- Details of the regimental, or unit, number were included in the inscription. The information given was often more detailed than was the case with earlier awards.
- The award could be forfeited for bad conduct. A rule that was not changed until 1920 by King George the V as a result of public demand. If the medal was forfeited so was the discretionary pension
As a result of the decision of King George V, the eight forfeited awards and the discretionary pensions were reinstated, including one from the Great War.
- Under Rule 13 of the Royal Warrant that governs the award by the monarch of the VC, the medal could be bestowed, and has been 42 times over the years, as the result of a ballot of a group commended for their combined bravery. The group was asked to nominate one of their number whom they judged the most worthy. This, in principle, would seem to be an extremely fair and unbiased approach to a difficult decision.
- Recommendations for the Victoria Cross could only be accepted if properly sworn to and attested, in writing, by three persons who had actually seen the event. Accordingly, many extraordinary feats of bravery that were not so well witnessed, or where the witnesses were also killed, went unrecorded by default.
- By no means were all recommendations for the VC successful, although a lesser medal was often awarded in lieu. One senior officer of the Great War, General Sir Ian Standish Montieth Hamilton, commander of the Dardanelles Expedition, was unsuccessfully recommended three times during his earlier career.
- Some sources state that some of the VCs of the Great War were made from gunmetal other than that derived from the Chinese Sevastopol cannon. Exactly which medals are in question is not stipulated, except for the case of Lieutenant Robert Vaughan Gorle, of the Royal Artillery. His 1918 VC was tested by fluoroscopy by the authorities at the Tower of London, in 1997, and was declared to be not cast from the Sevastopol cannon metal.
- The only ungazetted award ever, was made in October 1921 by the British Cabinet to the 'American Unknown Warrior (Soldier)' of the Great War who is buried at the Arlington National Cemetery, Virginia, USA. The American Congress made an equivalent award (The Congressional Medal of Honor) to the British Unknown Warrior in May 1920.
- Throughout the war, the final decision as to whether the medal should be awarded to an individual, was made by the King, George V, who would, if at all possible, personally invest the award to the winner or, in the case of a posthumous award, to a close relative.
- The grave-stone of a holder of the VC who died in action, or from his wounds, also had a depiction of the VC engraved upon it as well as his regimental badge The grave-stone of Captain N.G.Chevasse VC and bar, MC, uniquely has two small VCs engraved side by side.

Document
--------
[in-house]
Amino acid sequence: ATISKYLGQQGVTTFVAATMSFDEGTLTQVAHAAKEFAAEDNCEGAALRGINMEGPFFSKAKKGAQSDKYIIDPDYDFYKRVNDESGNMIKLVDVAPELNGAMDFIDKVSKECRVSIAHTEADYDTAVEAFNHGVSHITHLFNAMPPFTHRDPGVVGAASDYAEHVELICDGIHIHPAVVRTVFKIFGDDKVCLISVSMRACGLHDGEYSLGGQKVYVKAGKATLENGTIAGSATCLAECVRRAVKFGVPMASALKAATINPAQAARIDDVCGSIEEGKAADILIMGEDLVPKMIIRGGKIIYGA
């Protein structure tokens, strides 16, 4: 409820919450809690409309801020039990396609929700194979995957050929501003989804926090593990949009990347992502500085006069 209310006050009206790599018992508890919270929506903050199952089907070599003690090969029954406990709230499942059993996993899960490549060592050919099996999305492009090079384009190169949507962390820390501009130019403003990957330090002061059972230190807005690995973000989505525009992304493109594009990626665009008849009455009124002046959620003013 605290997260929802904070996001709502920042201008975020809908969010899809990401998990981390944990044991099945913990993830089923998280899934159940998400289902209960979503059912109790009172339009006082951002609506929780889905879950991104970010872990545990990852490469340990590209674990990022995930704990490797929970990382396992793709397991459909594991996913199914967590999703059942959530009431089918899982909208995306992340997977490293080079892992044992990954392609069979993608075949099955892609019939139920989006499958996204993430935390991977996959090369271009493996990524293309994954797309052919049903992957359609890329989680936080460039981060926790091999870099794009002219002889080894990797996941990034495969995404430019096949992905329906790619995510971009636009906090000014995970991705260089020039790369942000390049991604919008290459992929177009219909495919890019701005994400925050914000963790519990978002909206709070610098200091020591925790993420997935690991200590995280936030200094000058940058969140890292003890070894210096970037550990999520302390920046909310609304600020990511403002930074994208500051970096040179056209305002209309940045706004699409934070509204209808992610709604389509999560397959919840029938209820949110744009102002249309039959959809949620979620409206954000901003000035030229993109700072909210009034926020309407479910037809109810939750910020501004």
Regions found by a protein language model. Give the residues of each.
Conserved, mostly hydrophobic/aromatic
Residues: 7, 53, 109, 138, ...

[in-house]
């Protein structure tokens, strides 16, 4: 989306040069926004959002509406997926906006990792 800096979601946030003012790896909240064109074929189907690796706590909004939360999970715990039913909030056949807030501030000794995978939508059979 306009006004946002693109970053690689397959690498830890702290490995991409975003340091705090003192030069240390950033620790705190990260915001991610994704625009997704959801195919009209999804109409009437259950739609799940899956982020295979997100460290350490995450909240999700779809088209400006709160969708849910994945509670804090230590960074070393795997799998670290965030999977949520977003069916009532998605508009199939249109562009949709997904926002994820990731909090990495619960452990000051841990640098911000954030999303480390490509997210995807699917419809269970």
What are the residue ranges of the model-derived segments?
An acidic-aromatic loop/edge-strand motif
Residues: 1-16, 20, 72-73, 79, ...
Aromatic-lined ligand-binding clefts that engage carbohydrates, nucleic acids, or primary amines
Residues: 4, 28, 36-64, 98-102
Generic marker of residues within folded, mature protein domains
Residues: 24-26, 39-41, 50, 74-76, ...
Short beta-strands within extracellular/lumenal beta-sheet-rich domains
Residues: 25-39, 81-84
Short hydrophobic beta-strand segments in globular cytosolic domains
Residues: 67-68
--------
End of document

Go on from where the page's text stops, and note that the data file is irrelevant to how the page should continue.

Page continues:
- In 1916 authorisation was given that a miniature version of the VC could be worn with Regimental Dress (Mess) uniform or formal evening clothes.
List of Western Front citations by battlefield or action, 1914-1918.
A total of 1354 Victoria Crosses have been awarded from its first investiture by Queen Victoria on 26th June 1857 (after the Crimea War, 1854-1856) to date (June 2004). It is rumoured that a recommendation arising from the Gulf War of 2003 was downgraded to a lesser medal.
Of that total, 628 were awarded during the Great War - 4th August 1914 to 11th November 1918 - which is (46%) of the total number of awards.
From the end of 1914, the Western Front was around 460 miles (760km) in length and up to 20 miles deep (32km). At certain points it was fairly static for most of the War (e.g. The Ypres and Verdun sectors) and at others it fluctuated considerably (e.g. The Somme sector).
If the Western Front is defined broadly as the area of warfare that took place in the front-line areas of countries of France and Belgium during those same four years, the total number of VCs awarded on the Western Front was 521 with 138 (26%) bestowed posthumously - roughly one in four.
It impossible to precisely assign all the VCs to a particular campaign, offensive or battle on the Western Front, but if this limitation is accepted the following rough designations can be made.
- MONS, Belgium, August: = 5. [2 posthumously].
- THE AISNE, FIRST, France, August: = 3.
- LE CATEAU, FIRST, France, August: = 5. [1 posthumously].
- NERY, France, September: = 3. [1 posthumously].
- THE AISNE, SECOND, France, September: = 7. [1 posthumously].
- YPRES, FIRST, Belgium, October: = 8. [2 posthumously].
- OTHER FRONTLINE CITATIONS, October - December: = 12. (France = 11, Belgium = 1). [1 posthumously].
Total VCs on Western Front for 1914 = 43. (France = 29, Belgium = 14). [8 posthumously].
- OTHER FRONTLINE CITATIONS, February - December: = 11. (France = 9, Belgium = 2). [3 posthumously].
- NEUVE CHAPEL, France, March: = 9. [3 posthumously].
- YPRES SALIENT, Belgium, March-April: = 6.
- YPRES, SECOND, Belgium, April-May: = 9. [4 posthumously].
- AUBERS RIDGE, France, May: = 4.
- FESTUBERT, France, May: = 3.
- ARTOIS, France, May-June: = 4.
- LOOS, France, September-October: = 21. [6 posthumously].
Total VCs on Western Front for 1915 = 67. (France = 50, Belgium = 17). [16 posthumously].
- OTHER FRONT LINE CITATIONS, February-June: = 13. (France = 11, Belgium = 2). [4 posthumously].
- THE SOMME, FIRST, France, July -December: = 51. (1st July = 9) [14 posthumously].